US: Wal-Mart to Open Stores in Struggling Urban Neighborhoods

Wal-Mart Stores Inc., the world's largest retailer, said Tuesday it plans to build more than 50 stores in struggling communities over the next two years, as part of a goal to create between 15,000 and 25,000 jobs.

Wal-Mart said it will build the stores in neighborhoods with high crime or unemployment rates, on sites that are environmentally contaminated, or in vacant buildings or malls in need of revitalization.

The Bentonville, Ark., company said it expects many of the jobs will be in minority communities and could generate more than $100 million in state and local tax revenue. It already has over 1.3 million U.S. employees.

Wal-Mart already has plans to open between 335 and 370 new U.S. stores this year after 341 last year and has said it sees room for more than 1,500 additional stores in the United States in the coming years, on top of nearly 3,200 it already operates.

The retailer, which has stepped up efforts to burnish its reputation after mounting attacks, also will create 10 "Jobs and Opportunity Zones" around stores in troubled communities that will aim to bolster local businesses in those areas.

A new store to open on the West Side of Chicago will anchor the first of 10 such zones. The company said it will release the locations of the other zones in the coming months.

Wal-Mart shares fell 24 cents to $46.53 in morning trading on the New York Stock Exchange.

"Wal-Mart has never been afraid to invest in communities that are overlooked by other retailers," Chief Executive Lee Scott said in a news release.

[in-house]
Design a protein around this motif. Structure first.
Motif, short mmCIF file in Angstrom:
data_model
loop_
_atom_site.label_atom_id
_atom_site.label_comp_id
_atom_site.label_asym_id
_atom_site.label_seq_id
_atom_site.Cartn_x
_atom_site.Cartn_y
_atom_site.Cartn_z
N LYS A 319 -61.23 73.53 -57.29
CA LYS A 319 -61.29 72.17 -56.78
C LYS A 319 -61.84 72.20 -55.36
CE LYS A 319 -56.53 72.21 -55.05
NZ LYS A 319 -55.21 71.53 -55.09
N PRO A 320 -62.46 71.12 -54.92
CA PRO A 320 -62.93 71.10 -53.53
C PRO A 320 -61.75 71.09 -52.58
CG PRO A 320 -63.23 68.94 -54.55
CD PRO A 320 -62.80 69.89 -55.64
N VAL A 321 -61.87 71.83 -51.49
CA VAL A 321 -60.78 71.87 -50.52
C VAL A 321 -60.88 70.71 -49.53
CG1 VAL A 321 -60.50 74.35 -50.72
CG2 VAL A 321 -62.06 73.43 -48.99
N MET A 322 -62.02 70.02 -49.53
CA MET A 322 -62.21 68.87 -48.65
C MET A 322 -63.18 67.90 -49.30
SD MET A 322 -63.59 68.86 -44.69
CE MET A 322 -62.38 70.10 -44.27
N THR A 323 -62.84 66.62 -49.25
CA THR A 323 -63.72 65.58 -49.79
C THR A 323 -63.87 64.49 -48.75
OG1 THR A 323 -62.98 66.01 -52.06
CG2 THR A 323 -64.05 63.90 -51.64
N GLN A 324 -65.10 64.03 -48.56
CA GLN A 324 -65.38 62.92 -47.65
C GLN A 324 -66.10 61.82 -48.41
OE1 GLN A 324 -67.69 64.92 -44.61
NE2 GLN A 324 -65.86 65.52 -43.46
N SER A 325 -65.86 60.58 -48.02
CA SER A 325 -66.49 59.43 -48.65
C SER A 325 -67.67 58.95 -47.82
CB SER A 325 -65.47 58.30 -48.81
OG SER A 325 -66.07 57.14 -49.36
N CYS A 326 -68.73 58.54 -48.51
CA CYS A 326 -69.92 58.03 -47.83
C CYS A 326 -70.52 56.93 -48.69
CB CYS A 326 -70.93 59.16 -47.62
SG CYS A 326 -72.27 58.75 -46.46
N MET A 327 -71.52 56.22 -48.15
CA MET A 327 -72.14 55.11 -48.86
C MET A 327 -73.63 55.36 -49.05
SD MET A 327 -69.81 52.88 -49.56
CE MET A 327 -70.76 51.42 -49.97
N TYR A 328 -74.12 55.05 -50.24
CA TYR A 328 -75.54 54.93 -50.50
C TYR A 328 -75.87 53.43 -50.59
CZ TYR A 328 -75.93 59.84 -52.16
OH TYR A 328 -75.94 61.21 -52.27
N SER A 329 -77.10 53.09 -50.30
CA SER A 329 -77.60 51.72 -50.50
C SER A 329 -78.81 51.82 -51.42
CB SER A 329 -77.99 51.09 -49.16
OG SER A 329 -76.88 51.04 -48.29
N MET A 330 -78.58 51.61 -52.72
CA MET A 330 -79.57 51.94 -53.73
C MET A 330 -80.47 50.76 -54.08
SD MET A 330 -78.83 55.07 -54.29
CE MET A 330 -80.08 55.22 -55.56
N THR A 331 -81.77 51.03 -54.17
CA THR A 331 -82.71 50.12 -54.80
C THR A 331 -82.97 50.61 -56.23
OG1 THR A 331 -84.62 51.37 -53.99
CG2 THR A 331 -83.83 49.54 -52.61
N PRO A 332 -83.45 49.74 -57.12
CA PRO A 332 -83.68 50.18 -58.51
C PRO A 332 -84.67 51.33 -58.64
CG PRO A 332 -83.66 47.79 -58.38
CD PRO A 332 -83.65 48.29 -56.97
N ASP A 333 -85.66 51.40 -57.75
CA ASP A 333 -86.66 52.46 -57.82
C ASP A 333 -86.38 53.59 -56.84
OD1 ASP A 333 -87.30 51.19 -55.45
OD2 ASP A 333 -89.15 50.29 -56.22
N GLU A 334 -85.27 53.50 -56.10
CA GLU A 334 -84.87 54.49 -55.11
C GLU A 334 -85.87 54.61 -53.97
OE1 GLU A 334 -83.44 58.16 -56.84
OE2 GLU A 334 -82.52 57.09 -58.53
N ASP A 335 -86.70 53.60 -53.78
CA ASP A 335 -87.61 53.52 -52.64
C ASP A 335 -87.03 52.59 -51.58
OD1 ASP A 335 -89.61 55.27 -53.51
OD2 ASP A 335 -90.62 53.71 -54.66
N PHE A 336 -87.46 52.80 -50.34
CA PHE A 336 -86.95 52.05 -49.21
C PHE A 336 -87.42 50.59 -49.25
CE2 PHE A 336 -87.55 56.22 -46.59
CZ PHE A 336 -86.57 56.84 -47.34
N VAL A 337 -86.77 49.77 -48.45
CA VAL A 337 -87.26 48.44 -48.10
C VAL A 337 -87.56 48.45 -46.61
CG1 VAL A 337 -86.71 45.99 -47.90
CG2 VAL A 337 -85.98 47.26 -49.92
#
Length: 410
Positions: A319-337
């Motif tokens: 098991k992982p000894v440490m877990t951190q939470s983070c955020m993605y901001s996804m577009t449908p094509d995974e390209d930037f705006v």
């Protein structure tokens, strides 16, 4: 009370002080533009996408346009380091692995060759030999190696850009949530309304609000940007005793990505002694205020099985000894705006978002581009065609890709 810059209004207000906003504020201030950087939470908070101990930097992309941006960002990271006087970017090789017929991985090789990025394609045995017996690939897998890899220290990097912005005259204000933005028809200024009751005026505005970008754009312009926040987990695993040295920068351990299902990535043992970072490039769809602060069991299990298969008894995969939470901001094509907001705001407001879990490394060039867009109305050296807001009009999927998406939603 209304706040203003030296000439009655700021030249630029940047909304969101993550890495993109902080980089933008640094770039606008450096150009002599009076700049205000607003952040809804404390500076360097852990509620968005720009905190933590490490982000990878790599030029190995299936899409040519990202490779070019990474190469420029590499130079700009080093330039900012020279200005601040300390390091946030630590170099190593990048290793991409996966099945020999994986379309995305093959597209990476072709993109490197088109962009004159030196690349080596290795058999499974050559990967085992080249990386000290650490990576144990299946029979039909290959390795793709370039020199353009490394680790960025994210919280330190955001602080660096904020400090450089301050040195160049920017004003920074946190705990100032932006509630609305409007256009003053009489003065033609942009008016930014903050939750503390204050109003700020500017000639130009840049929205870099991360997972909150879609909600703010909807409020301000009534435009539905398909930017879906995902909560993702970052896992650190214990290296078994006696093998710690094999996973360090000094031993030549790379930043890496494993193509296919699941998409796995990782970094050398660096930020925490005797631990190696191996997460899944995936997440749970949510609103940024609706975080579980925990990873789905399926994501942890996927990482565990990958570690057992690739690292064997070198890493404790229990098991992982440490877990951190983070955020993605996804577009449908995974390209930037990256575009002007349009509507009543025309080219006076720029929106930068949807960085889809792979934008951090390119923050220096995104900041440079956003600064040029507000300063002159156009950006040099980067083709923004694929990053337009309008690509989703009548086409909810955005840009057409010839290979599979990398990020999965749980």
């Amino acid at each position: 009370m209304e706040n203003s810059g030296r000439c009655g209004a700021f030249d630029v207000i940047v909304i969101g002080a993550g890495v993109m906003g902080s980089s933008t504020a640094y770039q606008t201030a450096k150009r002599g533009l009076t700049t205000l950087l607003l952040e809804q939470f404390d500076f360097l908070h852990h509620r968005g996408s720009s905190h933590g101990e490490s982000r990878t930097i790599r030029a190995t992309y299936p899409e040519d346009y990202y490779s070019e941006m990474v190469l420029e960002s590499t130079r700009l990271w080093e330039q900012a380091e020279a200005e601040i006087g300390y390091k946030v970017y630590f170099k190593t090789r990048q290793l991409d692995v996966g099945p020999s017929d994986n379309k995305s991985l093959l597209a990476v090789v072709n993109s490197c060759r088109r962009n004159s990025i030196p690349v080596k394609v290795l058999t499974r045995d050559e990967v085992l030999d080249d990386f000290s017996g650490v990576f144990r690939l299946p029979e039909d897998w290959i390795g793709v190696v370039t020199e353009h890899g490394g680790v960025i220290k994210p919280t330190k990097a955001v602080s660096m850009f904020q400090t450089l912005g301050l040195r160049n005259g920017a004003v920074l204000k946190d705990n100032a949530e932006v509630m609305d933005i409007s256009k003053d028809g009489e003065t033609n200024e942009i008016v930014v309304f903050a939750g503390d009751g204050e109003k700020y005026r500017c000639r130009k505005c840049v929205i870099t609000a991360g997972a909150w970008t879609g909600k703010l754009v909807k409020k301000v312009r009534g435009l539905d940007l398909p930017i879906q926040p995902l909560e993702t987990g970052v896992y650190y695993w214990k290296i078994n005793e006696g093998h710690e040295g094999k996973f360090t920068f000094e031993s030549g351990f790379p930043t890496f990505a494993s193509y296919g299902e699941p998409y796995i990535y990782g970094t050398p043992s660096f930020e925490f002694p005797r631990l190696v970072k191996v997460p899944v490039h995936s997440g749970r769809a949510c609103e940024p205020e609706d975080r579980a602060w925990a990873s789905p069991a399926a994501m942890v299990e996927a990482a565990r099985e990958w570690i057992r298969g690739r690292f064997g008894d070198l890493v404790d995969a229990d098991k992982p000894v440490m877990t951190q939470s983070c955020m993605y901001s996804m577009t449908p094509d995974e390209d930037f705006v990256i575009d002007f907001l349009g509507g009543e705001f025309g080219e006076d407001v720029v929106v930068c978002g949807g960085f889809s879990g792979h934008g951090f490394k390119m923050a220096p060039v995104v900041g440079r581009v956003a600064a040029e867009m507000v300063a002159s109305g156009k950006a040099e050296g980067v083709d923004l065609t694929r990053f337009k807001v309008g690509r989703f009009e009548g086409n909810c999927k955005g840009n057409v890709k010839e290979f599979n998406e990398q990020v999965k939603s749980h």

"This is a commitment to reach beyond our stores, to further engage the community, and to offer an even greater economic boost to people and neighborhoods that need Wal-Mart the most," Scott added.

In the face of opposition to stores in some neighborhoods and mounting attacks from unions and other organized critics, Wal-Mart has gone on the offensive to portray itself as a good corporate citizen that saves working Americans money.

In February, it recruited former civil rights leader Andrew Young to head a group of community leaders that Wal-Mart funds to speak up on its behalf as Working Families for Wal-Mart. Young told The Associated Press at the time that one of the reasons he supported Wal-Mart was because it was more willing than other retailers to go into low-income city and rural communities.

Wal-Mart critics dismissed the new program as a publicity stunt.

"Rather than address the serious issues of unaffordable health care, poverty wages, crime, and sprawl, Wal-Mart's latest and greatest public relations stunt is to try to rebuild a fraction of the very communities and small business it has helped destroy," said Chris Kofinis, spokesman for, a campaign group funded by the United Food and Commercial Workers union.

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